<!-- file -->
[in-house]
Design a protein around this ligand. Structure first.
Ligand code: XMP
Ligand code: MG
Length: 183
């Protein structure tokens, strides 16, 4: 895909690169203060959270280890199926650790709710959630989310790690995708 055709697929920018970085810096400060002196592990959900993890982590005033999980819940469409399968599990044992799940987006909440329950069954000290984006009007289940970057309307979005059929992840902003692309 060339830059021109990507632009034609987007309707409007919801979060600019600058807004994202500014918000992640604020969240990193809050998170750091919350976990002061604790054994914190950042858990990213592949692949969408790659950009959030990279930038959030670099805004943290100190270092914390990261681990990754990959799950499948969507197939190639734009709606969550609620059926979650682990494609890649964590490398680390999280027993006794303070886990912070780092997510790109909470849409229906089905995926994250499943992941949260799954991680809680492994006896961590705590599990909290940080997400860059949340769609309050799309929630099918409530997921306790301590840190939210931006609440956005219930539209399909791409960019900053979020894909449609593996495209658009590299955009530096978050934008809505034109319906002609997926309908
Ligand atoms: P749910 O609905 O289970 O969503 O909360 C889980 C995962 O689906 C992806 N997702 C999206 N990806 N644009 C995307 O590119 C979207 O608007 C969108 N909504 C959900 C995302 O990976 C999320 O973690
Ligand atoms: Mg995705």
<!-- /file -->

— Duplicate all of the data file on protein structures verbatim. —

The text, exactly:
[in-house]
Design a protein around this ligand. Structure first.
Ligand code: XMP
Ligand code: MG
Length: 183
């Protein structure tokens, strides 16, 4: 895909690169203060959270280890199926650790709710959630989310790690995708 055709697929920018970085810096400060002196592990959900993890982590005033999980819940469409399968599990044992799940987006909440329950069954000290984006009007289940970057309307979005059929992840902003692309 060339830059021109990507632009034609987007309707409007919801979060600019600058807004994202500014918000992640604020969240990193809050998170750091919350976990002061604790054994914190950042858990990213592949692949969408790659950009959030990279930038959030670099805004943290100190270092914390990261681990990754990959799950499948969507197939190639734009709606969550609620059926979650682990494609890649964590490398680390999280027993006794303070886990912070780092997510790109909470849409229906089905995926994250499943992941949260799954991680809680492994006896961590705590599990909290940080997400860059949340769609309050799309929630099918409530997921306790301590840190939210931006609440956005219930539209399909791409960019900053979020894909449609593996495209658009590299955009530096978050934008809505034109319906002609997926309908
Ligand atoms: P749910 O609905 O289970 O969503 O909360 C889980 C995962 O689906 C992806 N997702 C999206 N990806 N644009 C995307 O590119 C979207 O608007 C969108 N909504 C959900 C995302 O990976 C999320 O973690
Ligand atoms: Mg995705």